Zeros of Polynomial Functions (Part 1)

Zeros of Polynomial Functions (Part 1) - Rational Zero (or...

Info iconThis preview shows pages 1–6. Sign up to view the full content.

View Full Document Right Arrow Icon
Rational Zero (or Root) Theorem If , where are integer coefficients and the reduced fraction is a rational zero, then p is a factor of the constant term and q is a factor of the leading coefficient . We can use this theorem to help us find all of the POSSIBLE rational zeros or roots of a polynomial function. Step 1: List all of the factors of the constant. In the Rational Zero Theorem, p represents factors of the constant term. Make sure that you include both the positive and negative factors. Step 2: List all of the factors of the leading coefficient. In the Rational Zero Theorem, q represents factors of the leading coefficient. Make sure that you include both the positive and negative factors. Step 3: List all the POSSIBLE rational zeros or roots. This list comes from taking all the factors of the constant ( p ) and writing
Background image of page 1

Info iconThis preview has intentionally blurred sections. Sign up to view the full version.

View Full DocumentRight Arrow Icon
them over all the factors of the leading coefficient ( q ), to get a list of . Make sure that you get ever possible combination of these factors, written as . Example 1 : Use the Rational Zero Theorem to list all the possible rational zeros for . Step 1: List all of the factors of the constant. The factors of the constant term 12 are . Step 2: List all of the factors of the leading coefficient. The factors of the leading coefficient -1 are . Step 3: List all the POSSIBLE rational zeros or roots.
Background image of page 2
Writing the possible factors as we get: Generally we don’t write a number over 1, I just did it to emphasize that the denominator comes for factors of q which are . It would have been ok to write out the 2nd line without writing out the 1st line. Example 2 : Use the Rational Zero Theorem to list all the possible rational zeros for . Step 1: List all of the factors of the constant. The factors of the constant term -20 are . Step 2: List all of the factors of the leading coefficient.
Background image of page 3

Info iconThis preview has intentionally blurred sections. Sign up to view the full version.

View Full DocumentRight Arrow Icon
The factors of the leading coefficient 6 are . Step 3: List all the POSSIBLE rational zeros or roots. Writing the possible factors as we get: Note, how when you reduce down the fractions, some of them are repeated. Here is a final list of all the POSSIBLE rational zeros, each one written once and reduced: Example 3 : List all of the possible zeros, use synthetic division to test the possible zeros, find an actual zero, and use the actual zero to find all the zeros of .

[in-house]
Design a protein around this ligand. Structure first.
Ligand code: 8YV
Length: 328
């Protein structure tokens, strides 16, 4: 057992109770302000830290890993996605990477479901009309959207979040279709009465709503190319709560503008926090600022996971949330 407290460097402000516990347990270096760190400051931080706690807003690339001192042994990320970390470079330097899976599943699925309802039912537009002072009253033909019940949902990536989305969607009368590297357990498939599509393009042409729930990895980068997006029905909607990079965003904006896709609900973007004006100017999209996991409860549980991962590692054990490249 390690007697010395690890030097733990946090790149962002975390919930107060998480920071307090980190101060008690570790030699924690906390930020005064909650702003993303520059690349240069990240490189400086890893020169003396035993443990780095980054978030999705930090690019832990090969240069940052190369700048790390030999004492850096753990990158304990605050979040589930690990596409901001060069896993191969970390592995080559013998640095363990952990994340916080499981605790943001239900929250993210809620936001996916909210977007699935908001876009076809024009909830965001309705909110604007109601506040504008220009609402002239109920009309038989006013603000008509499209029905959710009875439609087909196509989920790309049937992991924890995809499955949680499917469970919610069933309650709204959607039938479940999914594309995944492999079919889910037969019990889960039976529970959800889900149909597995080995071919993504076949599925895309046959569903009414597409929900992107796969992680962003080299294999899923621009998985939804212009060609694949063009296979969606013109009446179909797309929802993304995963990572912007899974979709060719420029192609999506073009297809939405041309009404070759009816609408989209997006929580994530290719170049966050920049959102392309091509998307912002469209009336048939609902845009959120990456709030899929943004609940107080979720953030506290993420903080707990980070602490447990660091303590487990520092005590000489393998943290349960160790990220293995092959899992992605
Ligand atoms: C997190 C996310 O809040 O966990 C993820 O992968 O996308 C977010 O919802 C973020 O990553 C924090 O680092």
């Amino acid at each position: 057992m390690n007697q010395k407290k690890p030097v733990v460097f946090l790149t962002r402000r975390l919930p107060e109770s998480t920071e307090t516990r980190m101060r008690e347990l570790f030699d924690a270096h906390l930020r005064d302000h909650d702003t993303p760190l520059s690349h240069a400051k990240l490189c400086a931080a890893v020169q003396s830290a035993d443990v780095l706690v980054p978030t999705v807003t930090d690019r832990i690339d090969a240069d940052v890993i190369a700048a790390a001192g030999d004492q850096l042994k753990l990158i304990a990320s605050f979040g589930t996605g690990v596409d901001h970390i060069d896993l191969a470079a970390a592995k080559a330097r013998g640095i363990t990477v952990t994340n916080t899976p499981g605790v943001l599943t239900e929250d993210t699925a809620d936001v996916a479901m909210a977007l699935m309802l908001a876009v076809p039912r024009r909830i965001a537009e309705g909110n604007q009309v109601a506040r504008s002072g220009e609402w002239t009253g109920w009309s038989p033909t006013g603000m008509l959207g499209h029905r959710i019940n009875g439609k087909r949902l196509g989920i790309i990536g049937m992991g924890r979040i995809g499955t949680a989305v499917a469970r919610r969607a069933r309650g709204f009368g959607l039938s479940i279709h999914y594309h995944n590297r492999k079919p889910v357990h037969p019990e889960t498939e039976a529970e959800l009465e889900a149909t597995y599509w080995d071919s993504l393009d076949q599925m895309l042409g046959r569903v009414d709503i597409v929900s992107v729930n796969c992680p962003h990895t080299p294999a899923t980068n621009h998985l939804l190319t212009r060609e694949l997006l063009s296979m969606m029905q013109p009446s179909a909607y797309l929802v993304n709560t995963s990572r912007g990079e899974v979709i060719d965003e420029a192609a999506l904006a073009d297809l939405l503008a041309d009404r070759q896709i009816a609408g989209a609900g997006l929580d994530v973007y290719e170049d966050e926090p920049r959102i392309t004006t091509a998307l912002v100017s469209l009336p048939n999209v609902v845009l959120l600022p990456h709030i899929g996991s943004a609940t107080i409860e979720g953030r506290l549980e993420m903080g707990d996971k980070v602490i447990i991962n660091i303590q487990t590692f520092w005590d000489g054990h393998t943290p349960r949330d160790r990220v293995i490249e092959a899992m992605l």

Background image of page 4
List all of the possible zeros: The factors of the constant term 100 are . The factors of the leading coefficient 1 are . Writing the possible factors as we get: Use synthetic division to test the possible zeros and find an actual zero: Recall that if you apply synthetic division and the remainder is 0, then c is a zero or root of the polynomial function. If you need a review on synthetic division, feel free to go to Tutorial 37: Synthetic Division and the Remainder and Factor Theorems. At this point you are wanting to pick any POSSIBLE rational root form the list of
Background image of page 5

Info iconThis preview has intentionally blurred sections. Sign up to view the full version.

View Full DocumentRight Arrow Icon
Image of page 6
This is the end of the preview. Sign up to access the rest of the document.

This note was uploaded on 02/18/2011 for the course MATH 101 taught by Professor Kindle during the Spring '11 term at South Texas College.

Page1 / 22

Zeros of Polynomial Functions (Part 1) - Rational Zero (or...

This preview shows document pages 1 - 6. Sign up to view the full document.

View Full Document Right Arrow Icon
Ask a homework question - tutors are online